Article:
Pentecost Sunday – A

Pentecost is truly a wonderful feast.  It is that magnificent moment of wind, fire, power and miraculous transformation.  It is truly the new age of the Spirit when all is changed, changed utterly.  The Apostles are at the heart of it just as they were at the heart of all those strange happenings when a certain Jesus of Nazareth walked the roads of Galilee and spoke of new thoughts, new deeds, and new things.  Now, these new deeds are taking place.  Now they are walking the talk.  And the response is nothing short of amazing.  People from the four corners of the earth are hearing them in their own language. This is the reverse of the Tower of Babel which was famous for the division and the breakdown of community; famous for the multiplication of languages so that people no longer knew or understood each other.  Now everyone understands the Apostles in their own tongue.  Here is the great gathering together of the nations of the world once more.  All nations, peoples, tribes and cultures are brought together and celebrate their common heritage in Christ.  We are now all brothers and sisters in the family of God, whether Jew or Greek, slave or free, woman or man.  There is no longer any distinction that favours one at the expense of the other.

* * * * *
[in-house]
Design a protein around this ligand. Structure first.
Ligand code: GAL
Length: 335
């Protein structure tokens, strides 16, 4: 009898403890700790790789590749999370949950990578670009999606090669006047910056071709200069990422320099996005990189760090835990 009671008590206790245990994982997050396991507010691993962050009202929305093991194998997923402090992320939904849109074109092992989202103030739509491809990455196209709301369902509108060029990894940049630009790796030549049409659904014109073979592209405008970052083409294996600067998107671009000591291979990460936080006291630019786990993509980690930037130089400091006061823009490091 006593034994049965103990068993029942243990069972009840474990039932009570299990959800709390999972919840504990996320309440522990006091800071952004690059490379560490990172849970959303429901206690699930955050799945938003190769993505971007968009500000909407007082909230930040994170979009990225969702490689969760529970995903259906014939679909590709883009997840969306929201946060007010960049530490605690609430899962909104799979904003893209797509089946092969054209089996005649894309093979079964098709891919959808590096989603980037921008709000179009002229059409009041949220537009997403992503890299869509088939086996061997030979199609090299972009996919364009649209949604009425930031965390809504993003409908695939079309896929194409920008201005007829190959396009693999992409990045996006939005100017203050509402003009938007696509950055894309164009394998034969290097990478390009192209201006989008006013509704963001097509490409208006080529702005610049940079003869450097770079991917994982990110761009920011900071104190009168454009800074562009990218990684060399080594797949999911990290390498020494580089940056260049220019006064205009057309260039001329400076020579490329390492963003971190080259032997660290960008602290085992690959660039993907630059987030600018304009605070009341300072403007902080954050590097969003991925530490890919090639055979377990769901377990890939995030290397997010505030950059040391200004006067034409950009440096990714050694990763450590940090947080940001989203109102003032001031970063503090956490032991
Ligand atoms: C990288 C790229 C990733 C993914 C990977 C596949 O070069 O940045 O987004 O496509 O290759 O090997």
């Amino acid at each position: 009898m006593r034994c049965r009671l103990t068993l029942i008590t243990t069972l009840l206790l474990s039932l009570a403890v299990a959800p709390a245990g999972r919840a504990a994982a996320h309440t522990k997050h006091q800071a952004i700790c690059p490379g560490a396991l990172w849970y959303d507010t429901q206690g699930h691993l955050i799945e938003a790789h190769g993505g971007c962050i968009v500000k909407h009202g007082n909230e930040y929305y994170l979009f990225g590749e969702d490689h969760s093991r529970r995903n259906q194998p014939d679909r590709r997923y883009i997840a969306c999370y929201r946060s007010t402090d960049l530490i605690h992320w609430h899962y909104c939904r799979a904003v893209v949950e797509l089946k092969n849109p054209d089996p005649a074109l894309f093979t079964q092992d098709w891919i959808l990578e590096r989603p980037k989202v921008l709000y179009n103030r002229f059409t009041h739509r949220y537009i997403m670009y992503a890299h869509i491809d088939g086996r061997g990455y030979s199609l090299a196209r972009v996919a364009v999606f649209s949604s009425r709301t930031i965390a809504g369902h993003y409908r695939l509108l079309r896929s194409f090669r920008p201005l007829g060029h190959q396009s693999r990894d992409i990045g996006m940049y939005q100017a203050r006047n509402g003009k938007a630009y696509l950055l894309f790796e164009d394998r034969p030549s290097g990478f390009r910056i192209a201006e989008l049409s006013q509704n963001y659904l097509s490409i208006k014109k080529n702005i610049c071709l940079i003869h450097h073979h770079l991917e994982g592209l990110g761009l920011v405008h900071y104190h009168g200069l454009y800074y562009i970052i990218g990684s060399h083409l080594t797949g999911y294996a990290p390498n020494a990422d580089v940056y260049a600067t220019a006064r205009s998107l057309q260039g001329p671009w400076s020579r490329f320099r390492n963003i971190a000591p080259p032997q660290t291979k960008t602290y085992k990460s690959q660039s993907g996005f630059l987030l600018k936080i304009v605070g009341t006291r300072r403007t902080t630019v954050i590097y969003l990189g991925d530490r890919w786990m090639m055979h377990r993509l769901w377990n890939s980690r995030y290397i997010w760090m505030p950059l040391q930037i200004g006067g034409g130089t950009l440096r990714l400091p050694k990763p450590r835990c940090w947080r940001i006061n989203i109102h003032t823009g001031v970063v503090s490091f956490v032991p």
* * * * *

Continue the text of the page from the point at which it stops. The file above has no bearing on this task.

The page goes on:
Perhaps the biggest change is in the Apostles themselves.  Just imagine them locked away in that upper room, depressed and huddled together in fear.  This was their dark night of the soul.  Jesus promised he would not leave them orphans but that’s exactly what they must have felt like then. Could any group of people be more human, more ordinary, more dysfunctional, or more unpromising? How much more obvious could human frailty be than in this group?  They have just been mandated to tell the whole world what they have seen, but here they are seemingly paralysed and in a state of collapse. Yet it was at this moment of utter helplessness that the Spirit set them on fire.  When they could do nothing more and realised their own powerlessness, it was then that God moved in. With the descent of the Holy Spirit the upper room burst open, the world is now their stage and they are preaching Jesus, so recently crucified, from the rooftops.  Such is the fullness of the Spirit that ignited that upper room that nothing could ever hold them back again and the message of the risen Christ spread like wildfire right across the Roman world.